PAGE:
Works during this period include “Judith and Holofernes”, as well as, “Mary Magdalene” in wood. It’s important to understand that up to the beginning of the sixteenth century, Donatello directly and purposefully influenced the sculpture works in Florence.

During the later years, he suffered a serious, prolonged illness. This prevented him from working many times. Without the ability to earn an income, his standard of living was also affected.

Donatello died in Florence on December 13, 1466. He is buried in the Basilica de San Lorenzo. He is located in the crypt under the altar. He was interred next to the tomb of Cosme the Elder.

The sculptor Raffaello Romanelli created the Donatello cenotaph in 1896. Due to his illness, Donatello died in extreme poverty. At his death, he only had 34 guilders left. This was to pay the rent on his home.

For those that knew Donatello, this was not a surprise. He was known to have financial problems throughout his lifetime. Many said that he was completely detached from money.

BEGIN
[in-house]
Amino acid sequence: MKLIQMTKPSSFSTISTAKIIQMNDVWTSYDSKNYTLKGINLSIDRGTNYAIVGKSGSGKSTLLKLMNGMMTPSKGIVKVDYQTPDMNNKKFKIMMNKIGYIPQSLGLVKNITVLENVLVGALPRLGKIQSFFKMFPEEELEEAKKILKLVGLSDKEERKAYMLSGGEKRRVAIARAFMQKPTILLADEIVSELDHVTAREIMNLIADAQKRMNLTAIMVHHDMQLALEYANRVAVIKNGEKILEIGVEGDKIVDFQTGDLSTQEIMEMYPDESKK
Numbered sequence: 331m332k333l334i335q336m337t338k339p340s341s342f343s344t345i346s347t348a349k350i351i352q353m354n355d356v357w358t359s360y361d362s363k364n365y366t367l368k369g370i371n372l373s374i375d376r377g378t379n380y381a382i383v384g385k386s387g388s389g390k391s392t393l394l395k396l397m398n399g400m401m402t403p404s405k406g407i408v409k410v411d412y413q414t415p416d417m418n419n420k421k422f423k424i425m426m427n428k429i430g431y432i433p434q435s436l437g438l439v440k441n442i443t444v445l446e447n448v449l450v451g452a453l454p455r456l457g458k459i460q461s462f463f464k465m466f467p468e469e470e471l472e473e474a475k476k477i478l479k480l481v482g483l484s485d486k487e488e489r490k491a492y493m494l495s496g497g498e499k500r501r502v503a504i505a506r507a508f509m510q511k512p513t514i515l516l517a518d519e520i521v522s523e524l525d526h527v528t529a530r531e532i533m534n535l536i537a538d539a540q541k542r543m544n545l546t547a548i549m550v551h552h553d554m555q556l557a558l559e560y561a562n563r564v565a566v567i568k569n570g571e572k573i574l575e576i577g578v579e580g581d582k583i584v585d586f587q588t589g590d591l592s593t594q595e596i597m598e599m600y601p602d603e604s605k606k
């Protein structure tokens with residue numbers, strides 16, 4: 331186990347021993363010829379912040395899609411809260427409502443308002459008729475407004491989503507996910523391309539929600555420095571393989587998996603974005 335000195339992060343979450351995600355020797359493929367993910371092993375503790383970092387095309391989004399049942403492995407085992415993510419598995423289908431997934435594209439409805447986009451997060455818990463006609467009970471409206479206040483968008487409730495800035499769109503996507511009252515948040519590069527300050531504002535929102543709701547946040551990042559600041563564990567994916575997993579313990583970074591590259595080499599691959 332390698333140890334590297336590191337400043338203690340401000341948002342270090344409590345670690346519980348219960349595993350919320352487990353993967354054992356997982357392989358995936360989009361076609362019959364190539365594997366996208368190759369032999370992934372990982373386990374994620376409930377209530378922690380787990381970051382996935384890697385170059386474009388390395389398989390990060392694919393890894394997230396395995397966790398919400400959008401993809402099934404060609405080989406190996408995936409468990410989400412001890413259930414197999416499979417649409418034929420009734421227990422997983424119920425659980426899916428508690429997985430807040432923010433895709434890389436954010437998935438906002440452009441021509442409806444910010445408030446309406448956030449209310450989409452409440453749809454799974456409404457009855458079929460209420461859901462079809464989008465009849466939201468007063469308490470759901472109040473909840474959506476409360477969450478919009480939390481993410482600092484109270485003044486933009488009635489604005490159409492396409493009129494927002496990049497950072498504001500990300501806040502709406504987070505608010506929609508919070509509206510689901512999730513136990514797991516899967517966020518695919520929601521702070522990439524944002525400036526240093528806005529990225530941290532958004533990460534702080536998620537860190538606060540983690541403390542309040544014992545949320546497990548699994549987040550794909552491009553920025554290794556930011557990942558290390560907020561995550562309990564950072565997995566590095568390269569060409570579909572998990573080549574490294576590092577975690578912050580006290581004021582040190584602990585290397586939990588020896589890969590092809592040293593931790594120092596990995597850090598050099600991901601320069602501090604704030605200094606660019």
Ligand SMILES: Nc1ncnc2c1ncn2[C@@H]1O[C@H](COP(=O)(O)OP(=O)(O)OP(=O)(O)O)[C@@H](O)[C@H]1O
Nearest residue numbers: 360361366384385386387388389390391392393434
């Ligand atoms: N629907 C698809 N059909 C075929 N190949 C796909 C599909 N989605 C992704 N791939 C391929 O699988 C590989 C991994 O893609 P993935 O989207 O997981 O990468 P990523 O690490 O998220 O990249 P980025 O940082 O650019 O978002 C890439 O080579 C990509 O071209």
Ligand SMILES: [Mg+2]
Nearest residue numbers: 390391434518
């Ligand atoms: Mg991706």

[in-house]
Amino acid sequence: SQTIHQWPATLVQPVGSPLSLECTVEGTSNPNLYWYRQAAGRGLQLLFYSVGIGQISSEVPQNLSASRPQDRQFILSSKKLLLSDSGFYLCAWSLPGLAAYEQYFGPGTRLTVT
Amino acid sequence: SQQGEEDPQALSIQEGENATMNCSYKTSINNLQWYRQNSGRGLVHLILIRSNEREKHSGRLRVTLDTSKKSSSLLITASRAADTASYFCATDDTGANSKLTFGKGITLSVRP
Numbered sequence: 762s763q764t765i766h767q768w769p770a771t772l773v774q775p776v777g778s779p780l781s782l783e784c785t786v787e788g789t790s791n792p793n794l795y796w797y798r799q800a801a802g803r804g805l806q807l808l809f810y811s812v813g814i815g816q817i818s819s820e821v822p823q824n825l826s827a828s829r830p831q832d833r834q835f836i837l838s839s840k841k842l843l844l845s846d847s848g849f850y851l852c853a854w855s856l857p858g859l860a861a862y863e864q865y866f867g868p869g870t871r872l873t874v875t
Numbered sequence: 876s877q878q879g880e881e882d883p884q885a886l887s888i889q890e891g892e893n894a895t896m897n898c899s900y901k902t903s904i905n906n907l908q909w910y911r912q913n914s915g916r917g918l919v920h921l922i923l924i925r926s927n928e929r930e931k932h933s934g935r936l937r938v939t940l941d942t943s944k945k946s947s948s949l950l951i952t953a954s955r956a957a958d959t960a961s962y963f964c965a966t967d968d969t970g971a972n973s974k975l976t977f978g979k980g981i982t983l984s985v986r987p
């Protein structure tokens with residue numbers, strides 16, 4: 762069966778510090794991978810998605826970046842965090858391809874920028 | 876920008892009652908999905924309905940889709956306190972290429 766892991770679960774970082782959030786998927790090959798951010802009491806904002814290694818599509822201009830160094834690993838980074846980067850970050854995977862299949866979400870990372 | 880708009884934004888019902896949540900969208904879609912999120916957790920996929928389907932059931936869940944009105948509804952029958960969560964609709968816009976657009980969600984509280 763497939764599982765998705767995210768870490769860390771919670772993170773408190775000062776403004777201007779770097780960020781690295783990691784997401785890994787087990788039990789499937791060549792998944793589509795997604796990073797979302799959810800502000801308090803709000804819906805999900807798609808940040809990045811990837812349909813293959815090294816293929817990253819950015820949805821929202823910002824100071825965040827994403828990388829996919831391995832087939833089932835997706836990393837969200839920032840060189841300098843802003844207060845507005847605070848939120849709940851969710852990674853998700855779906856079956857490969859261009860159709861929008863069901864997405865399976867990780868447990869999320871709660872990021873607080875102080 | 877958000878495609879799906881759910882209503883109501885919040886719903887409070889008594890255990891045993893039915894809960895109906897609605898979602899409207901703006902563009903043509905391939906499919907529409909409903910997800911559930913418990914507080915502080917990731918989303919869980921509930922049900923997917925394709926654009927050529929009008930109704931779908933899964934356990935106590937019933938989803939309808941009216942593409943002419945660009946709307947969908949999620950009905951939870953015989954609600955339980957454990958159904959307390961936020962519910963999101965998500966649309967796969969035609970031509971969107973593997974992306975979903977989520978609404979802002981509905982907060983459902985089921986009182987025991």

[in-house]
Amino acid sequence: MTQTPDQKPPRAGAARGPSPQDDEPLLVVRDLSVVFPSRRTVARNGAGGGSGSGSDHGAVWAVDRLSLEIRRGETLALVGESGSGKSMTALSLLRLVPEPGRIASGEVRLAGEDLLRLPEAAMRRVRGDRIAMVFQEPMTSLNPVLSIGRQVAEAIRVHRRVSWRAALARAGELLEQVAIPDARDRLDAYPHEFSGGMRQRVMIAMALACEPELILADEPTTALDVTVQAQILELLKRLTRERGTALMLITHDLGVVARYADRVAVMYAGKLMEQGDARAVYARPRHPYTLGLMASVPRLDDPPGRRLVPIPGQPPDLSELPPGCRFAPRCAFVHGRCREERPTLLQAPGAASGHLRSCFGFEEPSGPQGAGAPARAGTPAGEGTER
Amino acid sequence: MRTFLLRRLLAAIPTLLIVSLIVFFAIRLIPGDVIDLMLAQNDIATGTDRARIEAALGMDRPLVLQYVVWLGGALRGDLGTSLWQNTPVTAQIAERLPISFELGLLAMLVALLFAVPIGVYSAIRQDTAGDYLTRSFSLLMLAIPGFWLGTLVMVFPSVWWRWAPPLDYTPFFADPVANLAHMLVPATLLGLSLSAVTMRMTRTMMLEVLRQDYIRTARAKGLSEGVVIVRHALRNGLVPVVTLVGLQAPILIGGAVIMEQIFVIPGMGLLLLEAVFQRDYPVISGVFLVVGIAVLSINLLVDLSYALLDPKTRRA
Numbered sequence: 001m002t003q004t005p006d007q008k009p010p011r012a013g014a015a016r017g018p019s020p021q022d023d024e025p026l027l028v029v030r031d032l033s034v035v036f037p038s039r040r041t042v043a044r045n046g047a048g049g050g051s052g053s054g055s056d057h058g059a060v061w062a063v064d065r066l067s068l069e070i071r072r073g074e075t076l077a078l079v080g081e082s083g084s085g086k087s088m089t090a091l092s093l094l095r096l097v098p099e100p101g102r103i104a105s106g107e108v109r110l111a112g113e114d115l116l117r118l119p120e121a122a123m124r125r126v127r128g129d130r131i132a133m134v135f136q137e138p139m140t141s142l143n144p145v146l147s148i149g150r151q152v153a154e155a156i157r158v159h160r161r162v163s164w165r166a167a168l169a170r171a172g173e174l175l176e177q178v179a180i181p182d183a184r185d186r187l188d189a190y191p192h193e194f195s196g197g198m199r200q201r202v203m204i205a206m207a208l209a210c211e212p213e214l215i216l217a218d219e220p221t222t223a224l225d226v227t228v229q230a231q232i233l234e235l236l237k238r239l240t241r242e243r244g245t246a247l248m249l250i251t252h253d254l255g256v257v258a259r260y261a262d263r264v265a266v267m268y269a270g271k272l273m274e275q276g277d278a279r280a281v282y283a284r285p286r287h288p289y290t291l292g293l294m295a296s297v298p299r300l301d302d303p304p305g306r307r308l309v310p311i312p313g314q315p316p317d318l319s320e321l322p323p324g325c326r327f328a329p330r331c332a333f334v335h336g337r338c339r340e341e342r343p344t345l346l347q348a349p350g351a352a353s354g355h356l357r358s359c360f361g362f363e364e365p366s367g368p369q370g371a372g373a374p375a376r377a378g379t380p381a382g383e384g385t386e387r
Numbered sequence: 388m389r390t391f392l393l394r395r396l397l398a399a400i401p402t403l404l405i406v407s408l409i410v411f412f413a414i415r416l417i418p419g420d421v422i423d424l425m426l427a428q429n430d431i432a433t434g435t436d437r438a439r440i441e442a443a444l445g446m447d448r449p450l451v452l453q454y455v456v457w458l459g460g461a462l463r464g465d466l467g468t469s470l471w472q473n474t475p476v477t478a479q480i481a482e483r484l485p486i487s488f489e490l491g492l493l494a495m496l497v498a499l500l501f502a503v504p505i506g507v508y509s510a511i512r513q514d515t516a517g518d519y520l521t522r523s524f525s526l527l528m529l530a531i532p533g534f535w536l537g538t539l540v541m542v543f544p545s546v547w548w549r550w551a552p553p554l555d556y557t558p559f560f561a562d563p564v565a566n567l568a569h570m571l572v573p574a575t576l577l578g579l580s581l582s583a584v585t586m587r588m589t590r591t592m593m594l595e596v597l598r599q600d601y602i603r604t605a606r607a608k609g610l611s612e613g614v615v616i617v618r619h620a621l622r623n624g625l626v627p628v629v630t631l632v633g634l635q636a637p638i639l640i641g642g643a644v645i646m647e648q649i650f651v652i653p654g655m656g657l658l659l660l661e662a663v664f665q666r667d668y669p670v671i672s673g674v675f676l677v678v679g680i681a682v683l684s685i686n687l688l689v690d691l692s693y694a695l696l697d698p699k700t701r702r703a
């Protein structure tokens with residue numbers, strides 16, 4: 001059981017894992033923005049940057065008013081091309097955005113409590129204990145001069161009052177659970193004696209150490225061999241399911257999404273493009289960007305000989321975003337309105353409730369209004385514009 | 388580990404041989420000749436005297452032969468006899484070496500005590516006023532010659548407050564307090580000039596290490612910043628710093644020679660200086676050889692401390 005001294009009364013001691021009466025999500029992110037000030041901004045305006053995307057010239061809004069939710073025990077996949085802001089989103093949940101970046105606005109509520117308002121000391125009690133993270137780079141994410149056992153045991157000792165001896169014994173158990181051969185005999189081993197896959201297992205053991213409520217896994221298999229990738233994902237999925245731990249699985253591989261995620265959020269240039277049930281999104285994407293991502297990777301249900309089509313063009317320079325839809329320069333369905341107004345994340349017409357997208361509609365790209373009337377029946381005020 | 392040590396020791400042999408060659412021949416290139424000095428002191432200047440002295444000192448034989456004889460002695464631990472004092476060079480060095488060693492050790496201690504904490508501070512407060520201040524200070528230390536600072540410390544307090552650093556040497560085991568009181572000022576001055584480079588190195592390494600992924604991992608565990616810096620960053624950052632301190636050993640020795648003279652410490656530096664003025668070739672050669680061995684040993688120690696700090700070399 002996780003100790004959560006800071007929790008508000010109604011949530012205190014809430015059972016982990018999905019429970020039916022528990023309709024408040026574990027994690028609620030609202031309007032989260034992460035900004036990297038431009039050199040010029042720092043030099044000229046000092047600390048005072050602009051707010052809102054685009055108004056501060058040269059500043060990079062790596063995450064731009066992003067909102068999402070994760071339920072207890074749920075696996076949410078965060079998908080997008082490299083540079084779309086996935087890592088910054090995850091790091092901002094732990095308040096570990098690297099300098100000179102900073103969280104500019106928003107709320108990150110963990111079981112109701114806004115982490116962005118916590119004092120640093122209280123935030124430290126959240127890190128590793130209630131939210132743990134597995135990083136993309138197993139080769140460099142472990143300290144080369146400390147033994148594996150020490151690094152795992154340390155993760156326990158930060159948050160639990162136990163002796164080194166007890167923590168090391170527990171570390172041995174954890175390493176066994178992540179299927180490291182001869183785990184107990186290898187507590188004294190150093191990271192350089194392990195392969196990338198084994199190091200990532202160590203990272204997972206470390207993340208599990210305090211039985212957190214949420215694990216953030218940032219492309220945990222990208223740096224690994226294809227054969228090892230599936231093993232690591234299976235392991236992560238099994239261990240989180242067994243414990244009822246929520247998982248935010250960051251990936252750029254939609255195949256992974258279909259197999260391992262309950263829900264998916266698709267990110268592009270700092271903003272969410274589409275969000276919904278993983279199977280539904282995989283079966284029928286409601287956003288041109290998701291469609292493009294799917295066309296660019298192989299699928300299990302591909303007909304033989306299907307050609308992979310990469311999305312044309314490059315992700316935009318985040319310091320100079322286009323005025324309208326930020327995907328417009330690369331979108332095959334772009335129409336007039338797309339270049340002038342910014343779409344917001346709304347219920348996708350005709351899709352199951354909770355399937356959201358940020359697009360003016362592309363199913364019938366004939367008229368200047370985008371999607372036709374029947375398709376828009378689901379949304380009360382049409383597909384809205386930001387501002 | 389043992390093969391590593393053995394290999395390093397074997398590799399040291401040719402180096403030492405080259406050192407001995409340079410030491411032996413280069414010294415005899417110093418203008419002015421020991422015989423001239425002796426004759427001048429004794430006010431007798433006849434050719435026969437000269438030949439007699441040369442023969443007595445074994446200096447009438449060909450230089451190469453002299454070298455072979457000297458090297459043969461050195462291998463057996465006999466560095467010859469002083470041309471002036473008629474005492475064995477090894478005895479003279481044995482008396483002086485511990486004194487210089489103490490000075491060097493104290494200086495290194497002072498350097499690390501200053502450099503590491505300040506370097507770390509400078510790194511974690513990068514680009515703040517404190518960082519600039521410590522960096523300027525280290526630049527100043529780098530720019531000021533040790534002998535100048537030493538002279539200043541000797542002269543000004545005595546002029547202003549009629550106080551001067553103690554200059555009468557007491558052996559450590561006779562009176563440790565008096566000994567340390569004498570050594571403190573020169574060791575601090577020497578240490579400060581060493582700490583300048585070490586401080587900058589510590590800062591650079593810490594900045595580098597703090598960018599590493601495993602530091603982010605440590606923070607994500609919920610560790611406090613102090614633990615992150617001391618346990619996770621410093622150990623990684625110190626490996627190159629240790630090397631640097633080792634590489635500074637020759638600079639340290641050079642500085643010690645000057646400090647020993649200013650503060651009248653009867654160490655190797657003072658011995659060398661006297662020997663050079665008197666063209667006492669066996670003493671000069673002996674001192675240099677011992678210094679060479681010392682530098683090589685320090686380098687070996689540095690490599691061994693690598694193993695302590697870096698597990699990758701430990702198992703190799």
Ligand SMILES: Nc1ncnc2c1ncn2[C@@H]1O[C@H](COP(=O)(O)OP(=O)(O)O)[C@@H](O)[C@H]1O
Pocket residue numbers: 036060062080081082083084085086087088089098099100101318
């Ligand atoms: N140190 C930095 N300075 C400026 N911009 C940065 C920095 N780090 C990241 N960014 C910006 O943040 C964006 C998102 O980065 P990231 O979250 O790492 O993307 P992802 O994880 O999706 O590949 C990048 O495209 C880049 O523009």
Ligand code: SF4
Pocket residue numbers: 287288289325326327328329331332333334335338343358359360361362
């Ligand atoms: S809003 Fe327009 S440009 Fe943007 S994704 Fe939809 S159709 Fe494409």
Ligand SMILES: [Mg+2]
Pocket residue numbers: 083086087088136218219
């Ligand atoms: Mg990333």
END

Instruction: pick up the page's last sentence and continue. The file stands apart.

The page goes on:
He was always giving it away to other people. He was also known for making funds available to assistants who worked in the workshop.

Throughout his lifetime, the quality of Donatello’s work was widely recognized. He earned good fees for the works he created. Also, Cosme de Medici gave him pay every week. These funds were sent to him throughout his life.

Donatello created many sculptural pieces that are still studied and appreciated to this day.

Growing out of the Renaissance movement, he went on to develop a sense of style that is uniquely his own. It is that unique vision of style that created the masterpieces that are enjoyed today.

He drove himself to develop techniques to convey emotion and forcefulness in this work. His other focus was the creation of movement in sculptural forms. This dynamism continues to live in his works. It is also something that art historians and artists continue to study to this day.

Donatello’s Most Important Works:

  • St. Louis of Tolosa
  • St. George
  • St. Mark
  • The Thoughtful Prophet
  • Sacrifice of Isaac
  • Reliquary of St. Rossore
  • Works in Siena
  • Orsanmichle ele